A local legend is coming home.
As announced on Wednesday afternoon, former BYU great Danny Ainge has accepted the position of CEO of Basketball Operations and Alternate Governor for the Utah Jazz.
“I’m grateful for this opportunity,” Ainge said at his introductory press conference. “Ryan (Smith) and I have known each other for a while, but had I not had an opportunity recently to spend a lot of time with Dwyane Wade, Quin (Snyder), and Justin (Zanik), and felt their enthusiasm and excitement to bring me on board. … They sold me to take this opportunity.”
After retiring from the game of basketball following his role as President of Basketball Operations for the Boston Celtics in June, Ainge noted that he wanted a break from the 18-hour days that come with running an organization. He wanted to spend more time with his family and invest his time in other hobbies, including golf.
It turns out that golf was at the top of Ainge’s mind — as well as that of Jazz majority owner Ryan Smith. Smith invited Ainge out to the Bahamas two weeks ago, where Smith was serving as caddie for PGA Tour pro Tony Finau. During that trip, Smith convinced his good friend to join the organization, a move that could pay massive dividends as Utah looks for its first NBA title.
“This is a really unique role, it’s an unprecedented role. .. It really hasn’t existed for us in our ownership group,” Smith said. “He’s been in the league for over 40 years, he’s been to the NBA Finals, he’s succeeded as a player, a coach as well as an executive for 18 years. … He brings championships to this organization.”
Utah general manager Justin Zanik echoed a similar sentiment when meeting with media following Ainge’s introductory presser.
“I’m really excited about this,” Zanik said. “When you get the chance to add someone with all that experience and time in the league with that perspective to make us better, I welcome that. Our first goal here is to be the last team standing, and however we can accomplish that and do that together, I have great respect for Danny.”
According to Smith, Zanik and Ainge, Zanik will still oversee the day-to-day work for the organization and remain the primary point of contact for the Jazz. But Ainge will also be a part of that process — combining for a multi-headed decision-maker to help elevate Utah on and off the court.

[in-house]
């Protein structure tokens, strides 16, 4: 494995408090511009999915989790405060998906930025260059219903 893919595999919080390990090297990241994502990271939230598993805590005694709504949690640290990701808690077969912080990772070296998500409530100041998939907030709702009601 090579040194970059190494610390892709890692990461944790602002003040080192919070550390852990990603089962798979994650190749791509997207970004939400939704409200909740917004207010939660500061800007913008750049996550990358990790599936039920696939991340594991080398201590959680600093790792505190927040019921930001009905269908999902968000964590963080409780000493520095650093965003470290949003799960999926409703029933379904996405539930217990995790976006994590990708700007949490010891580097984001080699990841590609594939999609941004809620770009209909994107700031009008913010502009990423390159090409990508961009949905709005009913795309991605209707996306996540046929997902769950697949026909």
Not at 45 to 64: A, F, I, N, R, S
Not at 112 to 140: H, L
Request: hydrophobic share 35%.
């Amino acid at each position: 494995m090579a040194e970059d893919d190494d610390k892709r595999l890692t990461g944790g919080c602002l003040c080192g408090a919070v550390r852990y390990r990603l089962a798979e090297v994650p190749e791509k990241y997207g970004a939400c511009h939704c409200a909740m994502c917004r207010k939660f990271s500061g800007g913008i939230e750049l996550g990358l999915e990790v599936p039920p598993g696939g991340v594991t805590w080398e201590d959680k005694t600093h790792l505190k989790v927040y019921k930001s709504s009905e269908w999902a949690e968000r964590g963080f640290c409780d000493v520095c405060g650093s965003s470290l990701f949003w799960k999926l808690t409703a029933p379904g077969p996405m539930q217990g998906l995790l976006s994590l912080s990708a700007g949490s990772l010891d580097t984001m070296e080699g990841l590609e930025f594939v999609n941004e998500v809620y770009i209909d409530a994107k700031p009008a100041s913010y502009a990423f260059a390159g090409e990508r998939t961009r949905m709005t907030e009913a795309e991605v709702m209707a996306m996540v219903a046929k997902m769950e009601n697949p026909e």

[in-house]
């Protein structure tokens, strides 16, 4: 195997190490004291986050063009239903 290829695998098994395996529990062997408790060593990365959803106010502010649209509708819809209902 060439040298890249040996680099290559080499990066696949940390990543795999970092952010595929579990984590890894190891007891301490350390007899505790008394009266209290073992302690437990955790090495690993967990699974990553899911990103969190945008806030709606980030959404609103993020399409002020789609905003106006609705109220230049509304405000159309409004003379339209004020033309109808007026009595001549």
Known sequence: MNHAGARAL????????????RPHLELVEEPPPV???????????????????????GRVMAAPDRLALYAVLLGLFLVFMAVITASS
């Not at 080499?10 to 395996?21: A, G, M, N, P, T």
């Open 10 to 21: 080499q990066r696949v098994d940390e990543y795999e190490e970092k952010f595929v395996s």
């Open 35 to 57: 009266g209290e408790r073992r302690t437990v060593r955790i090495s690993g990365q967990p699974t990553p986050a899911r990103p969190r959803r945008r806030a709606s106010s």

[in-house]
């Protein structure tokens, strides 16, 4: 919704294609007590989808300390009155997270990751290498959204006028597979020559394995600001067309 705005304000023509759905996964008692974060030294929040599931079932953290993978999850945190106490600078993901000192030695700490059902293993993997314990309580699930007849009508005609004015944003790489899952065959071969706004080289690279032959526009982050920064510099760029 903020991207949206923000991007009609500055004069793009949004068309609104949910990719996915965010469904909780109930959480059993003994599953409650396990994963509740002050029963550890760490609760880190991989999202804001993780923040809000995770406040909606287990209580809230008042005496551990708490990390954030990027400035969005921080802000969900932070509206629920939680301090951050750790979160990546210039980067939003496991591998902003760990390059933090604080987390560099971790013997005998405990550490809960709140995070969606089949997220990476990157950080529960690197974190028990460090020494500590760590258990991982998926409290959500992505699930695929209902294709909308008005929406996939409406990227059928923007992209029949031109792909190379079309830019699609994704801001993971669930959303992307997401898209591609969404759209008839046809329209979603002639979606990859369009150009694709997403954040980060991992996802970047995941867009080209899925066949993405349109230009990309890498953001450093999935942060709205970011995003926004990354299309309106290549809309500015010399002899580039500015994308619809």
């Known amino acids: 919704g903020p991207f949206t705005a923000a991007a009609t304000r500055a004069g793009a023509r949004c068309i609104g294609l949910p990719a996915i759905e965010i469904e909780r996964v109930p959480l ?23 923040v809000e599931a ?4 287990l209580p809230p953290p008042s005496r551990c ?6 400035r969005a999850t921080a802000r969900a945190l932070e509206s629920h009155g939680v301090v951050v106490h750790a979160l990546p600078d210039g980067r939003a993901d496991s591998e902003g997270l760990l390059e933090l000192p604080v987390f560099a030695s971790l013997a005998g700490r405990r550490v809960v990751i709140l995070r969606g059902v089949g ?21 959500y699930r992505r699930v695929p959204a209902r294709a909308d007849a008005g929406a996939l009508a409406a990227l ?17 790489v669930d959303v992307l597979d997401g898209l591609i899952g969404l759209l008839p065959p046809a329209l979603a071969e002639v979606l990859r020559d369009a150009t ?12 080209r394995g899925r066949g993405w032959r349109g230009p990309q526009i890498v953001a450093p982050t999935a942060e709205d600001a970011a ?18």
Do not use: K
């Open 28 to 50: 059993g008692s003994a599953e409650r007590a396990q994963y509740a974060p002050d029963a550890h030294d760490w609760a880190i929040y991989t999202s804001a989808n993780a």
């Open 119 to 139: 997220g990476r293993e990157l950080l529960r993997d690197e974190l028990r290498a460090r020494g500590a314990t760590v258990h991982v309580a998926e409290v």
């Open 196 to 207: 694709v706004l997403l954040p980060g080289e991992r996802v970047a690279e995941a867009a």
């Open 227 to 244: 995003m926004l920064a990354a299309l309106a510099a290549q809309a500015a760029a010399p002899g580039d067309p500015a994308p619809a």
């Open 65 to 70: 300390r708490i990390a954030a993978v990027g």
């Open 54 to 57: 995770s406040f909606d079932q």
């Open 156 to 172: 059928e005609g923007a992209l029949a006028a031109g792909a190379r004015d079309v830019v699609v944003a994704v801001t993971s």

Ainge has won everywhere he’s been, beginning in Eugene, Oregon for the North Eugene Highlanders.
An elite athlete, Ainge was named a Parade high school All-American in football, basketball, and baseball. One of the state’s elite football recruits, Ainge elected to go with basketball out of high school, where he signed on to play at BYU. He starred for the Cougars for four seasons, being named the NCAA Player of the Year as a senior.
Still an incredibly talented baseball player, Ainge played in the Toronto Blue Jays organization for three seasons at BYU. He made it to the major leagues in 1979 and is the second-youngest player in Blue Jays history to hit a homer.
After graduating from BYU, Ainge elected to pursue basketball full-time, where the Boston Celtics selected him. He spent nine years with the team, winning titles in 1984 and 1986 while being named an all-star in 1988. He also played for Sacramento, Portland, and Phoenix before retiring in 1995.
One of the greatest basketball minds of his generation, Ainge returned to the court in a different capacity in 1996 — serving as head coach of the Suns before his retirement in 1999.
He once again returned to the game in 2003, joining Boston as the Executive Director of Basketball Operations for the Celtics. During his 18-year career in Boston’s front office, Ainge helped bring a title to the Celtics in 2008 while also named NBA Executive of the Year.
“My 26 years in Boston were an amazing experience, I’ll always be grateful,” Ainge said. “One of the greatest things I’ve learned in this business is the relationships you build. The championship rings are our goals, and that’s where you really build a bond when you’re trying to work for a championship.”
With a professional and college basketball career that dates back to 1977, Ainge has returned to the snow-covered mountains of Utah where it all began for him. After a short break where he got to spend time with his wife and family, the itch to return to the game started to grow stronger — and Smith was all too happy to help with that.
“I’ve taken six or seven months off, gotten a good break, and I feel like I’m energized and ready to come back and get back to work,” Ainge said.